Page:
Is Dark Chocolate Better for You?

Consumed in moderation, the many health benefits of dark chocolate that contains 70-85% cacao are well documented and include:

  • Highly nutritious

  • High in antioxidants

  • Improves blood flow and lowers blood pressure

  • Promotes good cholesterol

  • May reduce the risk of heart disease

  • Protects the skin from the sun

  • May improve brain function

Sounds great, right? But, could dark chocolate be the source of bad dreams?

We don’t think so. In fact, dark chocolate has actually been linked to a better, more restful night’s sleep.

On top of containing the power of serotonin, dark chocolate is rich in magnesium, a mineral well known for aiding in restorative sleep.

But, what about all that caffeine?

Again, we believe in moderation as the key to success with dark chocolate. Experts suggest no more than 30-60gr per day.

Stick with portion control and dark chocolate can prove to be beneficial to your overall health, and your sleep.

Want more from your chocolate?

Try Portland Chocolate Factory’s Dream Chocolate for a three-night self-guided journey into dream awareness.

Cocoa vs Cacao

When buying chocolate take a closer look at what you’re actually getting.

The differences between cocoa and cacao are numerous. But, which one is better for you, and why?

Cacao, once harvested, goes through a few processing steps that include:

  • Fermentation

  • Drying

  • Roasting

  • Crushing

  • Grinding

Cocoa, on the other hand, is far more processed and contains more...

  • Sugar

  • Milk

  • Fat

...than cacao does, making it a less healthy option.

The bottom line? Look for chocolates that use cacao, rather than cocoa.

You’ll be far less likely to experience sleep problems, and you’ll be improving your health in the meantime.

Should I Stop Eating Chocolate if I Have Nightmares?

Does chocolate make you have nightmares?

The answer — if you’re eating the right chocolate — is no.

So, should you stop eating chocolate if you are having nightmares? Also, no.

You can enjoy your favorite treat almost any time of the day, but again, in moderation.

Indulging in too much of anything can cause changes in your body that ultimately result in sleep disturbances.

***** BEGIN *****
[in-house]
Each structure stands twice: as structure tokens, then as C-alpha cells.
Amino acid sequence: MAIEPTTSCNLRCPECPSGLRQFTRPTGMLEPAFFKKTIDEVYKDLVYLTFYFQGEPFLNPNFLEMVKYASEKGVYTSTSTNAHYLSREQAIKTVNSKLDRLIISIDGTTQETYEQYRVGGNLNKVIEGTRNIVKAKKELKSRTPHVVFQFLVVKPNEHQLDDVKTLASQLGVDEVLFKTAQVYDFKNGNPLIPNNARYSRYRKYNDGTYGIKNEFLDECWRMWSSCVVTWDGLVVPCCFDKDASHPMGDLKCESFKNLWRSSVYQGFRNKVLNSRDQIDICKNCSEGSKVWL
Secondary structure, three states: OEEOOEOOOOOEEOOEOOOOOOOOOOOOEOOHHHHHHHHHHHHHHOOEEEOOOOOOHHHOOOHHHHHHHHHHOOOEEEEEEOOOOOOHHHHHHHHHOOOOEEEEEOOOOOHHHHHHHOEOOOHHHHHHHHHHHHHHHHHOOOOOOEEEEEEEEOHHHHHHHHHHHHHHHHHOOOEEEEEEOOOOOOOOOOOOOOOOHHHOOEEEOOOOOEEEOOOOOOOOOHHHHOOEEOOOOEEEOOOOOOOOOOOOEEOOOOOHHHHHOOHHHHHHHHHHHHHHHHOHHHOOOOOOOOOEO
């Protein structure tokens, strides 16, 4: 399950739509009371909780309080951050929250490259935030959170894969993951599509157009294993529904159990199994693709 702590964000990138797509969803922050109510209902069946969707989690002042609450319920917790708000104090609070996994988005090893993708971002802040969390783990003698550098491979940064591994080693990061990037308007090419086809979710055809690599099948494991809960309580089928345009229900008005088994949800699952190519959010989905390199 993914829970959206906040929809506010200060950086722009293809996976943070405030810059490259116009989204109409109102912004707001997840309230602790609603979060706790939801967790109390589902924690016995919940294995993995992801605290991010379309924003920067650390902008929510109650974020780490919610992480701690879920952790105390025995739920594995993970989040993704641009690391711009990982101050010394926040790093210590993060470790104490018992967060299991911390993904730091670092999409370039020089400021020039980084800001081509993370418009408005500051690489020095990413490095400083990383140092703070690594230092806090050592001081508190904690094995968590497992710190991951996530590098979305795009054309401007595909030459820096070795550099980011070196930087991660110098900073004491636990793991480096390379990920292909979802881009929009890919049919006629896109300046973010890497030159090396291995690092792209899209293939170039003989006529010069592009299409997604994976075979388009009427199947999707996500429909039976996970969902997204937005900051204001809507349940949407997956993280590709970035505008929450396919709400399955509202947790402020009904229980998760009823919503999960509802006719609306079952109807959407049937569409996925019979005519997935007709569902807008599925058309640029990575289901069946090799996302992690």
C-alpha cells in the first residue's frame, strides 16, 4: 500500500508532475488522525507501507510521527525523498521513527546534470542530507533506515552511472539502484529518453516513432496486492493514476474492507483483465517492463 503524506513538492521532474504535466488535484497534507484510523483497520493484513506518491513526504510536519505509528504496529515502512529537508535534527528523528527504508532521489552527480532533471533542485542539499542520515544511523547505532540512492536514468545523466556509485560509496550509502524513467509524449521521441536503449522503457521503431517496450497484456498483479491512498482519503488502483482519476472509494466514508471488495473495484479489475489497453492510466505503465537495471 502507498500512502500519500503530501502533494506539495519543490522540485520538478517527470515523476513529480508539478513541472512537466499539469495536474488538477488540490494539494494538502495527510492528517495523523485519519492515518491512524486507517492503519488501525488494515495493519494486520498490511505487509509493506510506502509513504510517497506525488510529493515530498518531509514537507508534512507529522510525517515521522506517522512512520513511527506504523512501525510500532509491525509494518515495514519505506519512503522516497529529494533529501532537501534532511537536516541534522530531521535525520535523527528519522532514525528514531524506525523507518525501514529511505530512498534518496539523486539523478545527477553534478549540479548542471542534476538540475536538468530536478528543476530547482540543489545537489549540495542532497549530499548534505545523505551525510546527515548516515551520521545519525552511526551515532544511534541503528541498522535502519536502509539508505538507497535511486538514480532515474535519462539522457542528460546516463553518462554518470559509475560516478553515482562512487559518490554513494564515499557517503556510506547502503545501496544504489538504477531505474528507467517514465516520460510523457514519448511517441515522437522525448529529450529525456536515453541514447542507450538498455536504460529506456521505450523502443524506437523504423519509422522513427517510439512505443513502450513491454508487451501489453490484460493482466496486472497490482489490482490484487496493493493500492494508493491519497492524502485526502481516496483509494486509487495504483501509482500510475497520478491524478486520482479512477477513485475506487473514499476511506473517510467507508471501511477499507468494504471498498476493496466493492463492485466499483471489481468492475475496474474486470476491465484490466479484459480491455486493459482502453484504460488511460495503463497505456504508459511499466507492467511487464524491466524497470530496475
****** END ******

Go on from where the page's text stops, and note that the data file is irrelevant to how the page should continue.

A restless night’s sleep can often lead to bizarre or disturbing dreams.

However, if you are consistently having nightmares, it’s recommended that you see a sleep specialist, as it’s likely not related to changes in your diet at all.

Chances are, you could have a nightmare disorder. While rare in adults, they are possible and can lead to:

  • Distress

  • Sleep disruptions

  • Daytime functioning

  • Fear of falling asleep

Occasional bad dreams are usually nothing to worry about and are often related to anxiety, late-night snacking, or even medications.

Other Foods That May Be Causing Bad Dreams

Now that we know it’s likely not the delicious morsels of dark chocolate giving you the occasional heart-pounding night of bad dreams, could it be something else you’re eating?

In one study, dairy came up as the most frequently blamed food — with 39-44% of participants pointing their finger at nighttime cheese snacks — for causing sleep disturbances.

But what is it about these foods that people claim are causing them nightmares? Where is the concrete proof?

Let’s have a look at what’s been said about some foods most often accused of causing bad dreams.

Cheese Please?: Maybe Not

Cheese. It’s hard to come across a person that doesn’t have some sort of love affair with cheese.

As with chocolate, cheese is a universally loved food. Stinky, moldy, aged — you name it, people love it.

Though it’s loved the world around, it definitely has the worst reputation in the dream world.

Why is it that people think cheese is a nightmare-inducing snack?

While some have claimed that cheese alters their sleeping patterns and dreams, we found no such evidence that it can cause nightmares.